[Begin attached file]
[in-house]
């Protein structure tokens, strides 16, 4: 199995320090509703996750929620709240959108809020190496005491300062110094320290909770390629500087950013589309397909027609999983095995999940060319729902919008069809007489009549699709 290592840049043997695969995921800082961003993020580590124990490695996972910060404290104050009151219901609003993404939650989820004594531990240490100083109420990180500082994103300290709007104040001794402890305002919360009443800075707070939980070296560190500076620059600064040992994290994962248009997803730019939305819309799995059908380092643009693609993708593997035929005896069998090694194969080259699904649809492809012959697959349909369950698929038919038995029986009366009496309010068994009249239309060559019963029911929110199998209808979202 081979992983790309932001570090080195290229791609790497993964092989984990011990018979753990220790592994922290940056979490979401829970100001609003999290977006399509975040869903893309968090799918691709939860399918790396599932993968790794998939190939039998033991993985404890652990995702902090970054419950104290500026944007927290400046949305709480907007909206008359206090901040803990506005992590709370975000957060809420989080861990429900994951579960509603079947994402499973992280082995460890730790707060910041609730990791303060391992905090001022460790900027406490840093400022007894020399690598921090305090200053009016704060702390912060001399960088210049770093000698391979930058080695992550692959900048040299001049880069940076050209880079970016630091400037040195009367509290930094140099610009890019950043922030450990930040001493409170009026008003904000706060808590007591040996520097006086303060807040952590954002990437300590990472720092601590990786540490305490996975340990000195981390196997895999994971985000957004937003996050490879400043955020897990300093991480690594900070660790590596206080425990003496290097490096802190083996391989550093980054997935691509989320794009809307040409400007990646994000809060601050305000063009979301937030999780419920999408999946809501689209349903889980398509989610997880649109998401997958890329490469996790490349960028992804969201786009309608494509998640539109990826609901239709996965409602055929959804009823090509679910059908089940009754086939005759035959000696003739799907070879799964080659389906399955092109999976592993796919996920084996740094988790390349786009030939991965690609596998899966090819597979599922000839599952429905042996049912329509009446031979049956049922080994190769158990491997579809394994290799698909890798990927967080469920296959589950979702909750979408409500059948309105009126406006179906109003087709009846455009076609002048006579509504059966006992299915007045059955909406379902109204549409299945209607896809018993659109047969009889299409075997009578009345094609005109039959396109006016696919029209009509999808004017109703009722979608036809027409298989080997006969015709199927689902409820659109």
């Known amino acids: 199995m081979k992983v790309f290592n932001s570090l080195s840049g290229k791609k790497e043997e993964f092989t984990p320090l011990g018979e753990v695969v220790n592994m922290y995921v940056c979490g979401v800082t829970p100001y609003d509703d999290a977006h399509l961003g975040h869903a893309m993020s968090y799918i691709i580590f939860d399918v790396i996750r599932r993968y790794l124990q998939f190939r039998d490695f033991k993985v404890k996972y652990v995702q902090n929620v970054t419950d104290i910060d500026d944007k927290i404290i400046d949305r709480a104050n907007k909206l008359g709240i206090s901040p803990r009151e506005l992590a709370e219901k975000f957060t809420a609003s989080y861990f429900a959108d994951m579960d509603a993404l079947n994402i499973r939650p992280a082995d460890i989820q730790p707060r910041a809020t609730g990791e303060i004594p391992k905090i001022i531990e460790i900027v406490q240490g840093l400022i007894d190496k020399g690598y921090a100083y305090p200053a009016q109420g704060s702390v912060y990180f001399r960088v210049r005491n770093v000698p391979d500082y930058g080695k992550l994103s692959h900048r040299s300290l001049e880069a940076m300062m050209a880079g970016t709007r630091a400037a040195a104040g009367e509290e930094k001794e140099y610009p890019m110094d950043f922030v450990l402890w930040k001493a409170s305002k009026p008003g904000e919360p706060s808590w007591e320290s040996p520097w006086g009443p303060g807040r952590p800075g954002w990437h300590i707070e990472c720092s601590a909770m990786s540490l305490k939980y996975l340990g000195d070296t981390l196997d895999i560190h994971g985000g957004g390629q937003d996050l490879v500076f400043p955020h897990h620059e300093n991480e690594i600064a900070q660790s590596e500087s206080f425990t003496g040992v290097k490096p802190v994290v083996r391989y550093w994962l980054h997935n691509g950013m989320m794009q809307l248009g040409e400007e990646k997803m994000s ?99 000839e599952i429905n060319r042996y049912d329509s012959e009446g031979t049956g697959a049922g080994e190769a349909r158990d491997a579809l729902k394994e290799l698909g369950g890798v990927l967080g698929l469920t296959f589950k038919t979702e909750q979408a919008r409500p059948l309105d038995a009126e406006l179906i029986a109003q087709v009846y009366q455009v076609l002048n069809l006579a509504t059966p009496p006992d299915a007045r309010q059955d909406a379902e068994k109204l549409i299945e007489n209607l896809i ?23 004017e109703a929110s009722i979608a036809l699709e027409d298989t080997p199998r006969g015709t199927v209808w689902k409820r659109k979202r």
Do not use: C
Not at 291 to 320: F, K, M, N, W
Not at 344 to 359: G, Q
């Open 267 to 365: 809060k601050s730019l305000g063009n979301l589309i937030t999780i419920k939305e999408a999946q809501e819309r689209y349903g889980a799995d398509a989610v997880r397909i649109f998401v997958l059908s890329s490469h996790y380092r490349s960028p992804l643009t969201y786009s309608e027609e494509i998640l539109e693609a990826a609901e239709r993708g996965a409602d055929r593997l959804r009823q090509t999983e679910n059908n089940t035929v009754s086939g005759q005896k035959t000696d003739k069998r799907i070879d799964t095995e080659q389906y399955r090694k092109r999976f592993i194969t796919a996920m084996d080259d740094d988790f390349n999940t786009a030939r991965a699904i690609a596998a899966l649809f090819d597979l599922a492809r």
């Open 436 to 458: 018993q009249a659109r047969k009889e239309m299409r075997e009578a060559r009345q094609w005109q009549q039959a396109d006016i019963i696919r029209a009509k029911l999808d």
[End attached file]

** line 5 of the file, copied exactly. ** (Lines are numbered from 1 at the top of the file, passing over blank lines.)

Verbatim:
Not at 291 to 320: F, K, M, N, W